Myth Meets Reality: Civil Disobedience in the Age of the Internet

by Bryan H. Druzin & Jessica Li

Controlling the information available to citizens is vital to the preservation of political power, and it is one of the essential means by which authoritarian regimes sustain political monopoly. However, with the advent of the Internet, the world of communications has undergone a revolution, creating new possibilities that challenge government control over channels of information, and, by extension, public opinion. Many have asserted that the Internet is uniquely immune to government control. As such, it has been widely posited that Internet technology will precipitate the demise of the authoritarian state. The recent revolutions that set the Arab world aflame, known as the Arab Spring, seem to support this assertion. The Arab Spring has engendered a widespread sense of inevitability that Internet technology, such as social media, will empower opposition movements worldwide. Indeed, the Internet is now broadly hailed as an unstoppable democratizing force for the world.

Yet for anyone who cares to look, China defies this simplistic paradigm. China has been stunningly successful in neutralizing the political power of its Internet. The protests calling for universal suffrage that erupted on the streets of Hong Kong this autumn tell us something important about the political potency of the Internet with respect to China. The failure of the “Umbrella Revolution” to spark wider protests in the rest of China — or even among the greater Hong Kong population — belies the simplistic notion that China is a political tinderbox waiting to be ignited by the correct dose of Internet liberalization and online activism. If the protests in Hong Kong could not galvanize wider dissent even within this unique pocket of China afforded all the legal and technological advantages available, how then can different results ever be expected in the rest of China? Prior to the Hong Kong protests, the international community had yet to witness a Chinese society boasting an advanced use of Internet technology and social media engaging in large-scale public protest. As such, the protests provided a unique opportunity to test the popular meme that the viral nature of social media, once properly activated, is a juggernaut force for political transformation. The Hong Kong protests were a test of this supposition — one that failed.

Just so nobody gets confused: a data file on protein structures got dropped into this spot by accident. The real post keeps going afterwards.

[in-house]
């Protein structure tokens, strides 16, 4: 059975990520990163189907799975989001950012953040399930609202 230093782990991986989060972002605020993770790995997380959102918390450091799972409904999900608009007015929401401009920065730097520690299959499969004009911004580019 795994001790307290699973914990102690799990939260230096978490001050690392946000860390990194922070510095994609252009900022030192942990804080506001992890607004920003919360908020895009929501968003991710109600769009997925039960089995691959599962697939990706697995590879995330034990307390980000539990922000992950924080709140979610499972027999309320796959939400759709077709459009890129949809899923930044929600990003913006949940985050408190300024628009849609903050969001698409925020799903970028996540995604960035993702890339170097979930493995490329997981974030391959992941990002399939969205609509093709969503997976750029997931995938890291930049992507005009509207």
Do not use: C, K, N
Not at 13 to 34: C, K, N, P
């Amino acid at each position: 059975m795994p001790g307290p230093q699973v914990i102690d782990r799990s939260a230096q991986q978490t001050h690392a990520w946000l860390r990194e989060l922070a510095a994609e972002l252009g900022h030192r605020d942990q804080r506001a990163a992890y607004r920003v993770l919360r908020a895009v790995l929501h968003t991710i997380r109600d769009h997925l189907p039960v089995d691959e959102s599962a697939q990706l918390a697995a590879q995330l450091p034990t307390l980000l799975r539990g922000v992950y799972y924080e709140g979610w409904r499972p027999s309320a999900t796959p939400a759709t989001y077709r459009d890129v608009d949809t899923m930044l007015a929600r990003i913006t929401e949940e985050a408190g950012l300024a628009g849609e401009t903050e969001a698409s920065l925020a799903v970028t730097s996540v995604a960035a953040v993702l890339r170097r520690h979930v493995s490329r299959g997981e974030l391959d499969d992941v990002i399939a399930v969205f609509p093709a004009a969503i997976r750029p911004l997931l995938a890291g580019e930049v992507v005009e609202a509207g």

Drone Law: A Reply to UN Special Rapporteur Emmerson

by Michael N. Schmitt

In January 2013, Ben Emmerson, the UN Special Rapporteur on the Promotion and Protection of Human Rights and Fundamental Freedoms While Countering Terrorism, began examining the use of remotely piloted aircraft (RPA or “drones”) in extraterritorial lethal targeting, commonly labeled “targeted killing.” The following October, he released an interim report surveying the legal framework for the operations. It came on the heels of a report on the same topic by UN Special Rapporteur on Extrajudicial, Summary or Arbitrary Executions Christof Heyns. The two documents marked a sea-change in the ongoing debate over RPAs. Sophisticated yet accessible, the reports surgically dissected jus ad bellum (law governing the resort to force by States), jus in bello (international humanitarian law or IHL), and human rights norms. Together, they helped disentangle the often emotive, counter-factual and counter-normative dialogue that had obfuscated objective analysis.